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Posted on Oct 24, 2004 in Stuff We Like

Battlefield Tour – Basing House

Armchair General


Despite the power and wealth of the Paulets, the fact that they remained loyal to the King meant that it was inevitable that they would be forced to take up arms against their Parliamentarian enemies during the English Civil War.

Having already survived one siege, the House was besieged yet again from May 1645. A garrison of around 500 soldiers (certainly no more than 650 at its peak) faced an enemy who’s strength increased to over 7,000 by the time the siege ended.

On the morning of the 14th of October, 1645, having made two practical breaches in the outer walls the day before, the forces of Oliver Cromwell himself seized the House – and it was all over for the Royalists.


In the Exhibition Rooms that are on site, there is this fine painting depicting the fall of Basing House.


And here is an overhead view of how the dramatic final battle might have occurred.

Final Battle

We can’t finish without a picture of a Gun. And here we are. This is a replica of a 3.5 inch Light Field Gun as might have been used during the siege, by either side. The actual gun barrel was especially cast by the curator of the site, and is a replica of a barrel from 1609. The carriage on which it sits was built from plans dating from 1642.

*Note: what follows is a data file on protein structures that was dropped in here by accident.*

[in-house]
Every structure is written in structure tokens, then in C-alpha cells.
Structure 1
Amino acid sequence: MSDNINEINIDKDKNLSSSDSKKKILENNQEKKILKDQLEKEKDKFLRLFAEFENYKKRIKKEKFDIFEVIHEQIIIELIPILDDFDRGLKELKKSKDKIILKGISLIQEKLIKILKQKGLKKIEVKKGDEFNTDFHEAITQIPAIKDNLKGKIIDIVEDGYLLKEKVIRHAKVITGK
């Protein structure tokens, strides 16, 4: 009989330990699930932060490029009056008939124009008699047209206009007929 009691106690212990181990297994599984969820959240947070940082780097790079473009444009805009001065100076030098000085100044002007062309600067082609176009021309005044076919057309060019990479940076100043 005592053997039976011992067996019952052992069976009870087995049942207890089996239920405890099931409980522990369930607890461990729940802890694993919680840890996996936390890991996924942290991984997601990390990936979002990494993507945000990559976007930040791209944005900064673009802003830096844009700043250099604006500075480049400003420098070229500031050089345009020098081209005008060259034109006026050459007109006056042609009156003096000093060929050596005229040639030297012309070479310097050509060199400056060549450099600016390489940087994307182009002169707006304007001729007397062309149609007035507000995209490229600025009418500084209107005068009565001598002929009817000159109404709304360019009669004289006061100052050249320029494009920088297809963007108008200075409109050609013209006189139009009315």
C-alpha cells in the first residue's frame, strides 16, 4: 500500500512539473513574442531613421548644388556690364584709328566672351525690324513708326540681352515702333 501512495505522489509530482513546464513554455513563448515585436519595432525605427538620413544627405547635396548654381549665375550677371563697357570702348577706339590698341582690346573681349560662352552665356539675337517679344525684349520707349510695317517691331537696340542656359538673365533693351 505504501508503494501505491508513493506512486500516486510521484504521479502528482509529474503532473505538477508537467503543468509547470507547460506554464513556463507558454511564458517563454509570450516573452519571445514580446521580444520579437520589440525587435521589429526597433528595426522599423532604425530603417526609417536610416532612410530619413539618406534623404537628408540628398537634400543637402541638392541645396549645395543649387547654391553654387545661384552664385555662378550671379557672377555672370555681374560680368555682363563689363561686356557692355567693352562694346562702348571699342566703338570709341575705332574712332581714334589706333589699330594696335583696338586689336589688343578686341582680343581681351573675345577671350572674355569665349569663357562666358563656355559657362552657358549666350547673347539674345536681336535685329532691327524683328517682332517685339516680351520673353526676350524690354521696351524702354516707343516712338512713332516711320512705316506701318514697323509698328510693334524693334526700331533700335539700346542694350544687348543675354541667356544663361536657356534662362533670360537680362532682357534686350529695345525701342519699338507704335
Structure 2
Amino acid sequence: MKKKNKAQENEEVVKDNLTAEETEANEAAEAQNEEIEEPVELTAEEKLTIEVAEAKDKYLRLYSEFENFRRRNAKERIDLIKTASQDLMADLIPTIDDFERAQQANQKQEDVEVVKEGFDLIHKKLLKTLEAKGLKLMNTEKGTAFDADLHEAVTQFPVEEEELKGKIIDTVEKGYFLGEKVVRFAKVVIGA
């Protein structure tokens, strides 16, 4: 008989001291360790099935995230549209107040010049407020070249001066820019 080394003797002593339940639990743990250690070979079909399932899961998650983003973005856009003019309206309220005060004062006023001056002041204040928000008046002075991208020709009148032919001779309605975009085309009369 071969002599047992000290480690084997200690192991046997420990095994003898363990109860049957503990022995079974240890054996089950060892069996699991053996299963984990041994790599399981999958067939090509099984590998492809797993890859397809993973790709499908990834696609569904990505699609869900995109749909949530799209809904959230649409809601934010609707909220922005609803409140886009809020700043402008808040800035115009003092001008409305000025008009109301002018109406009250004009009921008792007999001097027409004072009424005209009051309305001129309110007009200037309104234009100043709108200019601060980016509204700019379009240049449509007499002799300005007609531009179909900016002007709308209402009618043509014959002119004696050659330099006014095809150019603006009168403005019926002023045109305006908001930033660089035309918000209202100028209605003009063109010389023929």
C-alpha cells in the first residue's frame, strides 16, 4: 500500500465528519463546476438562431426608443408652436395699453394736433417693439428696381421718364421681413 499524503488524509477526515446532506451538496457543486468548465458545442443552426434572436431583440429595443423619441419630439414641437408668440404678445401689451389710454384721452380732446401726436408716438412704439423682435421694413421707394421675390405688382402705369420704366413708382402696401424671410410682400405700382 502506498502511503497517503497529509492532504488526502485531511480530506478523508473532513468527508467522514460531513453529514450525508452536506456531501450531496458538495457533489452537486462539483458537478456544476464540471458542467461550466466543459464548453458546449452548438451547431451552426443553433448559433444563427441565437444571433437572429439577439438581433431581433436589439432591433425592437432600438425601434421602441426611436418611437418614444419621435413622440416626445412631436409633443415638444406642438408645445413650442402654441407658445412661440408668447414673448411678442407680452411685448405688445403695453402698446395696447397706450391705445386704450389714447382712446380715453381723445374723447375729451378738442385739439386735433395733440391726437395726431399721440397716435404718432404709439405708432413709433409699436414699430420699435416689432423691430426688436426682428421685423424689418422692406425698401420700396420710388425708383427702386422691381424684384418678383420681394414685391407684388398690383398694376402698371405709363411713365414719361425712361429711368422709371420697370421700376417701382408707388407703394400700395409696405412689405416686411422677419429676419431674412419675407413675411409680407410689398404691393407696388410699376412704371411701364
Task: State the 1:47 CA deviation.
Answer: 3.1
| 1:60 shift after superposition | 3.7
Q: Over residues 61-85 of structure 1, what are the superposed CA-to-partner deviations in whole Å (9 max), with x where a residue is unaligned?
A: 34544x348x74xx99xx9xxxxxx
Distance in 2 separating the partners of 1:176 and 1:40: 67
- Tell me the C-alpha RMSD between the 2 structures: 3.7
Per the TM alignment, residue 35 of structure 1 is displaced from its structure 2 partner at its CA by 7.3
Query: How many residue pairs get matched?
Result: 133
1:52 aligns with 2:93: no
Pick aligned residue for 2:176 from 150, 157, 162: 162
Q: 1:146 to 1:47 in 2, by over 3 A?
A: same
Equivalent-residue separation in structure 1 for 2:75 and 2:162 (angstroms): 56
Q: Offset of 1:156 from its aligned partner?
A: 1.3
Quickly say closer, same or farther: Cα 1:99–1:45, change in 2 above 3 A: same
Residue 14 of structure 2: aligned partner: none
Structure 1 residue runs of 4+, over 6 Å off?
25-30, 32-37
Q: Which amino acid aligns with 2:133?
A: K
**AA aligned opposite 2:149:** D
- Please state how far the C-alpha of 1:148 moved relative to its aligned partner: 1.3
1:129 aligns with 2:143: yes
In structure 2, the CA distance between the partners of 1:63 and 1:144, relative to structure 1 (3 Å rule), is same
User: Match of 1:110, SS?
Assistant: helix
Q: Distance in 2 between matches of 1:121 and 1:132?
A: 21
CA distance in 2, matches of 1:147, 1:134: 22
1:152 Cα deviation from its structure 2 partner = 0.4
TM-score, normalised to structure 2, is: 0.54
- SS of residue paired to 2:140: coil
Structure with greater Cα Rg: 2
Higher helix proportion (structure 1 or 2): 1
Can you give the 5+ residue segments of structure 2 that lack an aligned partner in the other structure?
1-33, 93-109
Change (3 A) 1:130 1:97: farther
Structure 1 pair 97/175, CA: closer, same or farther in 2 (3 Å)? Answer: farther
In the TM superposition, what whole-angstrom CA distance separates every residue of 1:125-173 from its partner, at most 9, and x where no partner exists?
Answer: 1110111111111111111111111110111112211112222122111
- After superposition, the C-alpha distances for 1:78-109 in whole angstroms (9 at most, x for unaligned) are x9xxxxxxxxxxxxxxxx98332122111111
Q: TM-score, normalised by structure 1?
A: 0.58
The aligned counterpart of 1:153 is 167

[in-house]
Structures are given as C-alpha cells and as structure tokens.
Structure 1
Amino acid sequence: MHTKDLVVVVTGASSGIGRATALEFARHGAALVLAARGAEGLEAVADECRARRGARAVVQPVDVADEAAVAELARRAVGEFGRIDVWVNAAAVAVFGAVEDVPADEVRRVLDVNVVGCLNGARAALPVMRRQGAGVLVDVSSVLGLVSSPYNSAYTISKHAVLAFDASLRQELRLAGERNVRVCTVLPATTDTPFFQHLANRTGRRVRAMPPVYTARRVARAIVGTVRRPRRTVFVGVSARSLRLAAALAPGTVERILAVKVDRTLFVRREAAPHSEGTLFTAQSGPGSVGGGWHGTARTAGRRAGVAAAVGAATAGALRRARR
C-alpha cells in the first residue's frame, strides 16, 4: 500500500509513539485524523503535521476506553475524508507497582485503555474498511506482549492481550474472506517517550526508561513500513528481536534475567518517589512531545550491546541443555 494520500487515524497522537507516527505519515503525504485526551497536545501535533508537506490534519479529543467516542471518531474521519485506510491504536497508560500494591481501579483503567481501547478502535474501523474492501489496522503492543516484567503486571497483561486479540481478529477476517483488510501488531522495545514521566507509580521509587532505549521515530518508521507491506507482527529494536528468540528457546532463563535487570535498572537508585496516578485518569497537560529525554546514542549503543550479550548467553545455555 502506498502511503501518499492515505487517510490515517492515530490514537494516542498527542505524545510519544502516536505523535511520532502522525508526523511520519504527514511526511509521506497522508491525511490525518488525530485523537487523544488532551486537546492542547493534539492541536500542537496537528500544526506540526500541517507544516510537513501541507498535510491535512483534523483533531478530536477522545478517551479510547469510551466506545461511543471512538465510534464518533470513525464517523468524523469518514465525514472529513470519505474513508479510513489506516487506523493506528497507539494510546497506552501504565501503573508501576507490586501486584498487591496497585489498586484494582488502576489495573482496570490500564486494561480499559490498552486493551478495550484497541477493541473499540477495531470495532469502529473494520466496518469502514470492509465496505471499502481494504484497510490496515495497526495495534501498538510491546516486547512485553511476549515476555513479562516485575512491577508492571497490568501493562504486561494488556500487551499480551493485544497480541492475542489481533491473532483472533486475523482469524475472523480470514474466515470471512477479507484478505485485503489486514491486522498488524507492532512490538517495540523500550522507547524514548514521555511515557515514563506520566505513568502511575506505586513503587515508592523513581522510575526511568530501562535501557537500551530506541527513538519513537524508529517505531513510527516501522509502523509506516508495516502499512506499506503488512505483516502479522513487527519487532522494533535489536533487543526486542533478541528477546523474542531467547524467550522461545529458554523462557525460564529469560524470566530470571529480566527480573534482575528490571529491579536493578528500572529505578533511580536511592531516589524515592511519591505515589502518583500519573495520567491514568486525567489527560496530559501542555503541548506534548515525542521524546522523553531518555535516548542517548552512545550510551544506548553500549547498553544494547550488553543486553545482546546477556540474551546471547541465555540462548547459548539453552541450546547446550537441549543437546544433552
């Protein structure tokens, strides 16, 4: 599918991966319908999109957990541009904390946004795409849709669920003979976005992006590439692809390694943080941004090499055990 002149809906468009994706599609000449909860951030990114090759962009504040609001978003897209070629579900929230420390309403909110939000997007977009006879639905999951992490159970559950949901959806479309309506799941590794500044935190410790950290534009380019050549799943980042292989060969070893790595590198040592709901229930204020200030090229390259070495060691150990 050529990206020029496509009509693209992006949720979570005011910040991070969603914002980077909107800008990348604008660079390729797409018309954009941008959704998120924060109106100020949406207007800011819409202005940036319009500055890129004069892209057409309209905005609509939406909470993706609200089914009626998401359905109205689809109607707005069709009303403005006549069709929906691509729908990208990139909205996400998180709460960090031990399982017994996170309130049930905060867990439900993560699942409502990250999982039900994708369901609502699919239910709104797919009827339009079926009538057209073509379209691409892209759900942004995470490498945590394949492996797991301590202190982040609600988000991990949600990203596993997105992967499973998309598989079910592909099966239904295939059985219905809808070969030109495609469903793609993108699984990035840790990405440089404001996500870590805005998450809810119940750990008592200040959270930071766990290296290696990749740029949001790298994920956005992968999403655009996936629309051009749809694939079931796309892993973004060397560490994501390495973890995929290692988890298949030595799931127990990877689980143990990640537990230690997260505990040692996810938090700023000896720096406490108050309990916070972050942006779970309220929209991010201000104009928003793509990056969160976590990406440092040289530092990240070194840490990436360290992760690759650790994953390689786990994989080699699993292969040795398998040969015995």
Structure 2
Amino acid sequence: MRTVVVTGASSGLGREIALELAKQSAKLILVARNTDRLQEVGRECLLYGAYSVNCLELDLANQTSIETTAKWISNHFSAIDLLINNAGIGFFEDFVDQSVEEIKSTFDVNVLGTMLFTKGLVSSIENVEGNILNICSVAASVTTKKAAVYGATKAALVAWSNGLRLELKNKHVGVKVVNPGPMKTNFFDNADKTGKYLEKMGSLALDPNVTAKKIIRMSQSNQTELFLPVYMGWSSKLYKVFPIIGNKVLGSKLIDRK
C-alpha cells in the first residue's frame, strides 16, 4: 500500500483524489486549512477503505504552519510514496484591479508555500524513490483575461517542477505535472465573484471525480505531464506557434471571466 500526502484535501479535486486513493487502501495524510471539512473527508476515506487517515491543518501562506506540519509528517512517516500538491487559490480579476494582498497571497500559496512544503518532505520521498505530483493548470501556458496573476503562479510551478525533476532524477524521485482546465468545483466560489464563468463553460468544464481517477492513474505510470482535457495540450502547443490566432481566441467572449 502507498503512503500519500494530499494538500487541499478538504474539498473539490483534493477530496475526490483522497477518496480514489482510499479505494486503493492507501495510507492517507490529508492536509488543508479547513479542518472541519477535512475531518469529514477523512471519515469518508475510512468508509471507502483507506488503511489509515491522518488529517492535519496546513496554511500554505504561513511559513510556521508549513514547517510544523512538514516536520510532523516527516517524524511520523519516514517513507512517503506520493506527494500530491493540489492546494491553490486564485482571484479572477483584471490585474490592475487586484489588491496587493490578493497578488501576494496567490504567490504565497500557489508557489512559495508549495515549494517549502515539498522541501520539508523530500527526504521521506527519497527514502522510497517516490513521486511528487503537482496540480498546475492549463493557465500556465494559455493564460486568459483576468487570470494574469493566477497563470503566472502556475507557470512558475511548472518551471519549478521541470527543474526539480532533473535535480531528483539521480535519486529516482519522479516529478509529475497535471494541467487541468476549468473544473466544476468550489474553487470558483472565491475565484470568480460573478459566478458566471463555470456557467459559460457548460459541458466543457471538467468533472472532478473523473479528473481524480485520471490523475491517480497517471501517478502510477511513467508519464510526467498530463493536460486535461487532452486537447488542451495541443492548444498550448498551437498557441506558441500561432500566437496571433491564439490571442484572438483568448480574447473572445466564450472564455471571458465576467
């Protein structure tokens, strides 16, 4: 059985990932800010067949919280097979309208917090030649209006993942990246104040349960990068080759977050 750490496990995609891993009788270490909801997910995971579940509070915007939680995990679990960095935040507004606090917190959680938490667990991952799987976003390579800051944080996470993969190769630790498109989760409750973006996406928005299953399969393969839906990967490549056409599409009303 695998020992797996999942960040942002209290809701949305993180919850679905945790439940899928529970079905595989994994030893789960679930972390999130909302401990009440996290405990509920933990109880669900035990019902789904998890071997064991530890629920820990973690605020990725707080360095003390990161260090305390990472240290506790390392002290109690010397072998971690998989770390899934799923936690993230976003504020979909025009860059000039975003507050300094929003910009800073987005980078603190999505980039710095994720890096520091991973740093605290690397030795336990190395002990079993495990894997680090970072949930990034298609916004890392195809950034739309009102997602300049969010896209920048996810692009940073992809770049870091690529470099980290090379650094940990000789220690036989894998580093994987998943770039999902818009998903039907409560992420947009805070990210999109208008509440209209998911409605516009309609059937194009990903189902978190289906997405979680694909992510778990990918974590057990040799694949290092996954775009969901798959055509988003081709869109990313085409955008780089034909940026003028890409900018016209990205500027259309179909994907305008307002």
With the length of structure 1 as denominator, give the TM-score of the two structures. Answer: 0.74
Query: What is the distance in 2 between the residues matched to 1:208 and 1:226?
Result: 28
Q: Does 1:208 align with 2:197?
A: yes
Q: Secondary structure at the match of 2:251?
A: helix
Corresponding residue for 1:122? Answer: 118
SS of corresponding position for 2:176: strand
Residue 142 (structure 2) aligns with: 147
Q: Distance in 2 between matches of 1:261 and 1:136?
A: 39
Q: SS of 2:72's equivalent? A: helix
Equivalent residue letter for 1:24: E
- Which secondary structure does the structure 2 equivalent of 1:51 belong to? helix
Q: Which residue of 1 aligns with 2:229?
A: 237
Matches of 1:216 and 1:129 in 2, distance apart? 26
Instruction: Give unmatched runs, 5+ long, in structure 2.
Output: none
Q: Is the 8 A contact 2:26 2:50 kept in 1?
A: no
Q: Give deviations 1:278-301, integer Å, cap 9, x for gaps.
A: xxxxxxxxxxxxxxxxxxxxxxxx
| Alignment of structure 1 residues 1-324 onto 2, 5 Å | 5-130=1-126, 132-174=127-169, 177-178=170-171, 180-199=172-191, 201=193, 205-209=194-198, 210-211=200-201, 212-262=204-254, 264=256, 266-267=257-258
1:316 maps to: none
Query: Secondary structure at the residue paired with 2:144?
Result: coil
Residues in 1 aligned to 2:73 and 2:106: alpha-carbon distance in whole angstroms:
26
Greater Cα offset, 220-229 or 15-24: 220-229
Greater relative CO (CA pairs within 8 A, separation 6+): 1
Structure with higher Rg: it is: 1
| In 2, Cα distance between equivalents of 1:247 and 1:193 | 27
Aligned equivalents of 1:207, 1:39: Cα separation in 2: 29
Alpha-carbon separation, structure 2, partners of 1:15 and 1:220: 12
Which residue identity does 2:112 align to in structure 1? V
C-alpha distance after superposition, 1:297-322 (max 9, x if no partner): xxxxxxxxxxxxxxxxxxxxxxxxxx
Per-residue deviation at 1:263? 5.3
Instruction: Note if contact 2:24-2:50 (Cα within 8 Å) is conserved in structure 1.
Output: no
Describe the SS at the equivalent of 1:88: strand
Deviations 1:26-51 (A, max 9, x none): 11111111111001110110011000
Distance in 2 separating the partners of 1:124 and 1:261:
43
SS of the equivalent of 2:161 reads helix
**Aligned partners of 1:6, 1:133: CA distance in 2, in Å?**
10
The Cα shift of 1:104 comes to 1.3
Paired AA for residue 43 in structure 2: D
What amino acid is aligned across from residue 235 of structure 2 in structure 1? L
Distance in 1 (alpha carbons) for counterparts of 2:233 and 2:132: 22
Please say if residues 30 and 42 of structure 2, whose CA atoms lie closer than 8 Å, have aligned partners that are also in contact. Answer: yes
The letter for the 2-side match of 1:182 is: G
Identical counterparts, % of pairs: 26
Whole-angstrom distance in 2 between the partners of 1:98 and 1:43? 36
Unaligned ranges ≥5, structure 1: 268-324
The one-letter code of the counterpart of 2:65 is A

Field Gun

This design of weapon was best suited for use as part of a Battery, and had a range of about a mile – although not with any particular degree of accuracy. The two items either side of the gun are gabions – the equivalent of sandbags, they would be filled with whatever material came to hand and used in defensive positions.

Field Giun

Although much of the site is in ruins, what’s left of Basing House is a fascinating glimpse into an important era of English history and well worth a visit.



To view the complete set of images from my visit, go to the ACG image gallery here.

Andrew Summersgill

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